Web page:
Food Safety

Today’s consumers demand a food supply that is reasonably safe from all foreseeable hazards, including microbial, chemical, and physical threats. In the past several years, even with a substantial food safety system in place, a number of highly recognizable food safety incidents involving fruits and vegetables, and imported human and animal food have occurred.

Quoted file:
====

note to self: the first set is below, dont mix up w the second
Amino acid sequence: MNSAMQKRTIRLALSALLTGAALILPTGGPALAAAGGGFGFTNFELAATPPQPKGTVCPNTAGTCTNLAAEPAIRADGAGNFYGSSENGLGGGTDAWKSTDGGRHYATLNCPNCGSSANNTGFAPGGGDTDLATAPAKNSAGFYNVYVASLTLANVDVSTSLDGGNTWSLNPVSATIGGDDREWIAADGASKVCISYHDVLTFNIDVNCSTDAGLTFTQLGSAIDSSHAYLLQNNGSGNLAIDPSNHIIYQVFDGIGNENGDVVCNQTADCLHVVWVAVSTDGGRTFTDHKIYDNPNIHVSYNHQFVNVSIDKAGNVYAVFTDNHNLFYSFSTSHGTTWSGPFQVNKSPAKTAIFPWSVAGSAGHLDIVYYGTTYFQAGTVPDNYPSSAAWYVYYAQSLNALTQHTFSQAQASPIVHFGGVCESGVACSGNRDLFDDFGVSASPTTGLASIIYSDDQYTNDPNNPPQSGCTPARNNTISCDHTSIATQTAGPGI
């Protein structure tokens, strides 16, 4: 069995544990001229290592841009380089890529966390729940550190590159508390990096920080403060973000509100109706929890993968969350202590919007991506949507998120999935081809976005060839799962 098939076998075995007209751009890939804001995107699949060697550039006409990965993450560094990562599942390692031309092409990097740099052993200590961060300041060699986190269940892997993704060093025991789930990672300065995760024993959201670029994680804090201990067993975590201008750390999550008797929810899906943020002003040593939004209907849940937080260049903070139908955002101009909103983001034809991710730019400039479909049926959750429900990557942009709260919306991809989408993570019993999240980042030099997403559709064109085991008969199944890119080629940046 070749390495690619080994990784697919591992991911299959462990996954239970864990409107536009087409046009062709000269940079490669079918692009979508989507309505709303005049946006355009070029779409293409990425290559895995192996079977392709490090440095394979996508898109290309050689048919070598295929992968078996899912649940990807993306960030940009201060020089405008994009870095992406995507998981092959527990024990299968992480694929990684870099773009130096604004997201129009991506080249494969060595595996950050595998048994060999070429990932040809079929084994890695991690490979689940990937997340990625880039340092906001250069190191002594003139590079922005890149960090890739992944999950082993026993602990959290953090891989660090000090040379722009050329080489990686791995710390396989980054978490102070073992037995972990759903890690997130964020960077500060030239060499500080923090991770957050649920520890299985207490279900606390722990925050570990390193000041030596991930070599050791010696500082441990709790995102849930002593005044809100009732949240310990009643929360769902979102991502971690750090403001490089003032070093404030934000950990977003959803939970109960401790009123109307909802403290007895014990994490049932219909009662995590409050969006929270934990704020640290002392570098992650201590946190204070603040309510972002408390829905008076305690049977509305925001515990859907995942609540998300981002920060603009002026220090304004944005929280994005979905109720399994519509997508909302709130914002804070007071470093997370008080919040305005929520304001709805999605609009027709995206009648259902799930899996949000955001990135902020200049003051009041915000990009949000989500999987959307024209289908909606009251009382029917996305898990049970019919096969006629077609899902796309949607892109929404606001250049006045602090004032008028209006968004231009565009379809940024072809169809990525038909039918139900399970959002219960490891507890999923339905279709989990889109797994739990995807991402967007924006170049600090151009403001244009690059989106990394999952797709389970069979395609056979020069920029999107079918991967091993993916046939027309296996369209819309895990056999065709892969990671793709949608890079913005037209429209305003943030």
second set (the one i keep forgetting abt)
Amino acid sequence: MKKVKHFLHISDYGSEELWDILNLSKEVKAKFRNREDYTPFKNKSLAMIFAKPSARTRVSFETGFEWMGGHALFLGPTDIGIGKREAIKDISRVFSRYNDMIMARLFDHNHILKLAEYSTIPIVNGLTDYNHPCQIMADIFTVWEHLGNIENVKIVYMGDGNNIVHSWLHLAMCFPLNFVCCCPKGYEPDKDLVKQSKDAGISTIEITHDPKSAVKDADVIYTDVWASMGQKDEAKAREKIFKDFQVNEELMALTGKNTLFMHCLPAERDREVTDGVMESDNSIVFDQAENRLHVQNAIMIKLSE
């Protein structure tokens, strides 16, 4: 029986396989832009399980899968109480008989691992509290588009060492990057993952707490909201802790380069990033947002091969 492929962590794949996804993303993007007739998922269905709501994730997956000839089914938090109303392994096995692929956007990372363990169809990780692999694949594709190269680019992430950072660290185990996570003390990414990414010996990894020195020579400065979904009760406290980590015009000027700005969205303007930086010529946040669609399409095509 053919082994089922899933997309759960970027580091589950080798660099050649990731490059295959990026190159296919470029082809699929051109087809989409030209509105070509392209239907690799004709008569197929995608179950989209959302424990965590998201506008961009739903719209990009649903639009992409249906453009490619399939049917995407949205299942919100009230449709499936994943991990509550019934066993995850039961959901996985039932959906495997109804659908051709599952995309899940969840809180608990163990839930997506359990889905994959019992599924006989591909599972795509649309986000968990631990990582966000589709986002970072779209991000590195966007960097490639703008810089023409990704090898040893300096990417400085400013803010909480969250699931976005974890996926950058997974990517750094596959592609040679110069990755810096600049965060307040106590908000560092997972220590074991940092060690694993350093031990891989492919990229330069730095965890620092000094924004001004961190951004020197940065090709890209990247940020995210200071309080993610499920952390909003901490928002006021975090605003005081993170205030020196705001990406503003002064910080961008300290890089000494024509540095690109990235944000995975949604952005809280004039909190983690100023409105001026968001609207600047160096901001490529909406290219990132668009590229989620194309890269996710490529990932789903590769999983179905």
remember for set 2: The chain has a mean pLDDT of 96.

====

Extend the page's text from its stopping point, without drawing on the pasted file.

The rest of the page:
In 2011, Congress passed, and the President signed, the Food Safety Modernization Act (FSMA) transforming the food safety system from one that reacts to problems to a preventative system, with the capability to still react quickly to emerging problems. When fully implemented, FSMA will result in “preventive controls” in place for human and animal food facilities and for producing, packing, shipping and selling of fruits, vegetables and other raw agricultural products. FSMA is the largest statutory overhaul of food law in history. It will take years to implement and additional resources to accomplish. Overall, FSMA requires a preventive approach, based on risk, as well as the best available, scientifically-proven technologies. It should eliminate duplication and improve efficiency. It should also ensure consistency between federal, state and local agencies, and afford interested parties a forum in which to seek clarification when information seems inconsistent.